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Martha Graham

Many consider Martha Graham to be one of the greatest dancers and choreographers of the 20th century. She set in motion an entirely new concept of modern dance — one that transformed its very nature in both movement and tone. Her career spanned 70 years, during which she choreographed more than 180 dance compositions. She inspired hundreds of aspiring dancers. Many of her pupils later distinguished themselves as acclaimed choreographers.

Graham was immersed in the study of movement from the moment she was old enough to observe the fluidity of the body. Her father, a doctor who specialized in nervous disorders, believed strongly in diagnosing through observation. He focused on watching how his patients moved physically through a space. This was not lost on Graham, who later incorporated the relationship between body and space into all of her work. Graham’s interest in dance turned into a passion after she attended a performance of Ruth St. Denis, a premier ballerina in her day. Curiously enough, Graham’s parents were not thrilled with her career choice and had her attend a junior college. After her father’s death, she enrolled in the Denishawn dance school, which Ruth St. Denis founded with her husband Ted Shawn.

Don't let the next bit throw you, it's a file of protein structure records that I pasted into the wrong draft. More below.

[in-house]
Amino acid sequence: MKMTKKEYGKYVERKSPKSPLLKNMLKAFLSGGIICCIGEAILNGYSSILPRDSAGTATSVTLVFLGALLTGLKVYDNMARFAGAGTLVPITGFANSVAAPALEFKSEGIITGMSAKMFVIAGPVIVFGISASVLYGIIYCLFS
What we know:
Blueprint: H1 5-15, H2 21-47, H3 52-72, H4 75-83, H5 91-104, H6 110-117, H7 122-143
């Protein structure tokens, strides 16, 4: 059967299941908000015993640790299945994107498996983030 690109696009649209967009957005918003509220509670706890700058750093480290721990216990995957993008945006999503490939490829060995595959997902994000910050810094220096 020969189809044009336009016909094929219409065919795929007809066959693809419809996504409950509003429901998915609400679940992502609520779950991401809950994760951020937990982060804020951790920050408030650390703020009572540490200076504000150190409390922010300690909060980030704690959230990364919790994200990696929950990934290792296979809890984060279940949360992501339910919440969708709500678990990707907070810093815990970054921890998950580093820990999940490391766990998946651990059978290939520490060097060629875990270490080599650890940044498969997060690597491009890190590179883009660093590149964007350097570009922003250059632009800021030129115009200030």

While Graham began her career in ballet, her passion was for modern dance. Once she began teaching, she was able to have complete control over her craft. The study of the body’s intimate relationship with movement was the foundational piece of Graham’s extraordinary vision. She choreographed her dances to embrace harsh emotions, incorporating what she called “contraction and release” breathing that allowed for jerky movements, sharp bends, elasticity of the body and falls.

The themes of her work reflected what was happening socially and politically at the time. One of her most celebrated pieces, Lamentations, was a solo piece depicting a woman wrapped in a single piece of fabric shaped into a tube. This is thought to be a response to industrialization, particularly the skyscrapers that were beginning to rise in New York City.

Martha Graham’s contributions to the world of dance earned her numerous awards and recognitions. She was granted the highest award given to an American civilian, the Presidential Medal of Freedom. But her greatest legacy was how she changed the face of dance forever.

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